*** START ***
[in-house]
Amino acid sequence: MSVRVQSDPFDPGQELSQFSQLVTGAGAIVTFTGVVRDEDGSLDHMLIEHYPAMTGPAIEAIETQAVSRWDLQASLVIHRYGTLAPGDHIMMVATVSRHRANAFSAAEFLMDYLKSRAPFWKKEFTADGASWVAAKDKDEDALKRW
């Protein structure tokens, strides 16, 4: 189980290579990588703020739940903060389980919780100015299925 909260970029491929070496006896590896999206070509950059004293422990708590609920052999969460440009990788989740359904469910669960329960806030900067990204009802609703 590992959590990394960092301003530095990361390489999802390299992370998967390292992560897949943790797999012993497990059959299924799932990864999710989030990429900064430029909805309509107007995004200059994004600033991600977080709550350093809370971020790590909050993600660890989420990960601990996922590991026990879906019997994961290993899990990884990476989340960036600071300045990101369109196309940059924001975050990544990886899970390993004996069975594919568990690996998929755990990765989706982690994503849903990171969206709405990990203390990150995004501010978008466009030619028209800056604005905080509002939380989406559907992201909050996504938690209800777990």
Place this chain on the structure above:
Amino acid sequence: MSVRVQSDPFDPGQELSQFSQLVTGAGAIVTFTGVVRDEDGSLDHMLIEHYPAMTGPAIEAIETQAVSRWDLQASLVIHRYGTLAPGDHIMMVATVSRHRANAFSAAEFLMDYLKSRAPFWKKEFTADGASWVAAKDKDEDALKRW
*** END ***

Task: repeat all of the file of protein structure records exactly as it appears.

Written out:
[in-house]
Amino acid sequence: MSVRVQSDPFDPGQELSQFSQLVTGAGAIVTFTGVVRDEDGSLDHMLIEHYPAMTGPAIEAIETQAVSRWDLQASLVIHRYGTLAPGDHIMMVATVSRHRANAFSAAEFLMDYLKSRAPFWKKEFTADGASWVAAKDKDEDALKRW
């Protein structure tokens, strides 16, 4: 189980290579990588703020739940903060389980919780100015299925 909260970029491929070496006896590896999206070509950059004293422990708590609920052999969460440009990788989740359904469910669960329960806030900067990204009802609703 590992959590990394960092301003530095990361390489999802390299992370998967390292992560897949943790797999012993497990059959299924799932990864999710989030990429900064430029909805309509107007995004200059994004600033991600977080709550350093809370971020790590909050993600660890989420990960601990996922590991026990879906019997994961290993899990990884990476989340960036600071300045990101369109196309940059924001975050990544990886899970390993004996069975594919568990690996998929755990990765989706982690994503849903990171969206709405990990203390990150995004501010978008466009030619028209800056604005905080509002939380989406559907992201909050996504938690209800777990």
Place this chain on the structure above:
Amino acid sequence: MSVRVQSDPFDPGQELSQFSQLVTGAGAIVTFTGVVRDEDGSLDHMLIEHYPAMTGPAIEAIETQAVSRWDLQASLVIHRYGTLAPGDHIMMVATVSRHRANAFSAAEFLMDYLKSRAPFWKKEFTADGASWVAAKDKDEDALKRW